Archives for posts with tag: Books

Sam Silvas, author of the short story collection Stanton, California, will appear along with more than 100 authors at LitFest Pasadena, which will take place in Pasadena, California, on May 20 & 21, 2017. For a complete schedule of authors and events, visit litfestpasadena.org.
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Marginalia
by Courtney Watson

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It was the first estate sale of the year, an event of note in my sleepy corner of Virginia. The house was unremarkable except for the master bedroom, which had been converted into a library. The former owners, deceased, had been history buffs, and resting at eye level was a copy of Rise and Fall of the Third Reich — a book described as an account of the nightmare empire built by Hitler. When I opened the front cover, I discovered a Christmas tag taped over a map of Axis-occupied territories with yellowed Santa Claus stickers. Written in blue over the Atlantic Ocean, a sweep of ink brushing against the golden Reichsadler, was merrily inscribed “To Auddy With Love, Mabel 12-25-60.”

The 1200+ page book was well-read, with sentences underlined in green and purple. There was urgency in the arrows and questions and comments in the margins, with special attention paid to Karl Adolf Eichmann, architect of the Holocaust. Auddy commented on every mention of Eichmann, and such was his obsession that he left a bit of treasure for me to find 50 years later. Taped to the final page of the book was a fat yellowed envelope adhered with cracking brown tape labeled “Adolf Eichmann’s Death” in capital letters. In it was the end of the story, a folded page of newspaper detailing Eichmann’s capture in Argentina and subsequent execution on the gallows of Tel Aviv’s Ramleh prison, the first in Israeli history. I like to imagine that Mabel read the article before Auddy, and saved it for him.

NOTE FROM THE AUTHOR: I love stories that we tell ourselves about ourselves and learning about who people are—who they truly are—through their possessions. I’m deeply interested in marginalia and the story it tells, which is why I’m always on the lookout for books wherein the reader has visibly interacted with a piece of text; there is something fascinating, to me, about that conversation.

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ABOUT THE AUTHOR: Courtney Watson is a writer and college professor in Roanoke, Virginia, where she directs the Humanities & Social Sciences program at Jefferson College of Health Sciences. Her writing has been published in Long Story, Short, The Virginia Quarterly Review, Boston Literary Magazine, 100 Word Story, and more. She is co-founder and co-editor of Rum Punch Press.

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The Story of When I Lost Ping
by Tricia Marcella Cimera

In the book, Ping the Chinese duck
gets lost on the Yangtze River.
In my life, I lost The Story About Ping book.
We were both scared of getting our
tail feathers spanked, Ping and I.
But Ping found his way back to his
boat eventually and I found the book,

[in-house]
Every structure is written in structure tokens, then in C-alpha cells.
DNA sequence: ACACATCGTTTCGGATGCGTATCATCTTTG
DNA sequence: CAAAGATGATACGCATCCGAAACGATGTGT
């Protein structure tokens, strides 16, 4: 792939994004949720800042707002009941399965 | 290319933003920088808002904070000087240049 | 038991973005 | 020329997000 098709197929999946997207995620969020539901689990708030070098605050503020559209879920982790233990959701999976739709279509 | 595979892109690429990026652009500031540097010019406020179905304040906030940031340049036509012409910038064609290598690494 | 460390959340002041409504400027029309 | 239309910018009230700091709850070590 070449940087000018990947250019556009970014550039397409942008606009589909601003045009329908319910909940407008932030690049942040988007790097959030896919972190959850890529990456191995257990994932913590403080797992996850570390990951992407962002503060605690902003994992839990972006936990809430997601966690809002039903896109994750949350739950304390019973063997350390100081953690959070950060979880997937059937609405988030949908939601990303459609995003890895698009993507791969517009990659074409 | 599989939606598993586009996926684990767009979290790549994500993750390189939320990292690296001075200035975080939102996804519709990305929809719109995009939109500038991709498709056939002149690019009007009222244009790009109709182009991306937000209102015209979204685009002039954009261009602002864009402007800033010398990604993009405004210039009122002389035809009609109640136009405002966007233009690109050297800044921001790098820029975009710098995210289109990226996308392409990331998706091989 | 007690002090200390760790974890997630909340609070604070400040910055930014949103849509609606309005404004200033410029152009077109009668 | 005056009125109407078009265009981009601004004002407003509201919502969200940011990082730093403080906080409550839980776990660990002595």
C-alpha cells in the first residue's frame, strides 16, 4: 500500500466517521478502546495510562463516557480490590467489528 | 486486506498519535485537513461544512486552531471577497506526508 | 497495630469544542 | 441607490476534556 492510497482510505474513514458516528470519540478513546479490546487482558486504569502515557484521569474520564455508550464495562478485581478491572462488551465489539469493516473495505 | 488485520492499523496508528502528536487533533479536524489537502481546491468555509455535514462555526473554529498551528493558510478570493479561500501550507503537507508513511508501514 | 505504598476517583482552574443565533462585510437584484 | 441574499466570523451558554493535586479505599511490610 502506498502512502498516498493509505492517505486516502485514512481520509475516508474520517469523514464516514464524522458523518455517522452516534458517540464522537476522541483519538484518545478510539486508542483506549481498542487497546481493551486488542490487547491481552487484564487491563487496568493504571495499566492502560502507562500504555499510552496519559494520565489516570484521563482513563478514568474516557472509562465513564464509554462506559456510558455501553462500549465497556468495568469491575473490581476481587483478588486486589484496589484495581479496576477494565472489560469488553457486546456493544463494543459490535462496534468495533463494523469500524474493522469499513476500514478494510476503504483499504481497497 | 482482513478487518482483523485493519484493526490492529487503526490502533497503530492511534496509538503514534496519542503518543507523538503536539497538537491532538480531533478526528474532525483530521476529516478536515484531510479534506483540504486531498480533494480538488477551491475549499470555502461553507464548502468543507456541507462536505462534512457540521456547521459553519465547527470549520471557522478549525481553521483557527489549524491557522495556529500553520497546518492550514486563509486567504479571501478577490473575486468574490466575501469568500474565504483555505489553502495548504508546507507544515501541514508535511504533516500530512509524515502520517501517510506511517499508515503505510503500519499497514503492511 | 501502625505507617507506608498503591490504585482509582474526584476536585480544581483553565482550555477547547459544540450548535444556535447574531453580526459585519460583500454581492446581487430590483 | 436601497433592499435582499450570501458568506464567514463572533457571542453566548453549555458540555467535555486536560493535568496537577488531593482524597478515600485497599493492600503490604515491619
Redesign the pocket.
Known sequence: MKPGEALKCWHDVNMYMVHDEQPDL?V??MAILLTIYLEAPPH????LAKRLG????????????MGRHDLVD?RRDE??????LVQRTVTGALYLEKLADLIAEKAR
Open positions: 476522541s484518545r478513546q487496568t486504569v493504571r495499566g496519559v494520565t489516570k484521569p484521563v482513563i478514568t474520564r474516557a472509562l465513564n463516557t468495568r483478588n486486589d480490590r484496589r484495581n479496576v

dew-soaked in the wet garden grass.
We shook the water off our backs
and sailed on, me and Ping the duck.

IMAGE: Cover of The Story About Ping (1933),

NOTE FROM THE AUTHOR: When I was six, I lost The Story About Ping. It was the first book I ever lost but wouldn’t be the last. I felt terrible when I realized Ping was nowhere to be found because taking good care of my belongings was strongly impressed upon me by my parents. Thus was born my guilt complex. Even after finding the book, my complex lived on (and on).

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ABOUT THE AUTHOR:
Tricia Marcella Cimera
is a Midwestern poet with a worldview. Look for her work in these diverse places (some forthcoming): Anti-Heroin Chic, Buddhist Poetry Review, The Ekphrastic Review, Failed Haiku, I Am Not A Silent Poet, Mad Swirl, Silver Birch Press, The Bees are Dead, Wild Plum and elsewhere. She has two micro collections, THE SEA AND A RIVER and BOXBOROUGH POEMS, on the Origami Poems Project website. Tricia believes there’s no place like her own backyard and has traveled the world (including Graceland). She lives with her husband and family of animals in Illinois / in a town called St. Charles / by a river named Fox and keeps a Poetry Box in her front yard.

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The Lost Bright-Yellow
by Marion Deutsche Cohen

She has fallen asleep reading. When she wakes up the book is no longer
there.
Has it dropped through the mattress? Did she leave it in her dream?
It’s bright yellow, as bright as a light bulb.
It literally can’t be missed.

It’s not in the washer
Not in the dryer
Not in the sink
Not in the bookcase.

She can order another copy.
But she can’t order another Intermediate Value Theorem
The one that says an object can’t get from one place to another
without going in between.

What did she do in her sleep? Take it outside the house? Leave it on
somebody’s doorstep? Throw it in a public trash can?
It’s too big for her purse.
Too big for her jewelry case.
Too big for the medicine cabinet.

She guesses she’ll have to get used to the new rules.
There just might be a god.
And there just might be no science.

Her husband remembers that she fell asleep reading.
And he’s getting worried, too.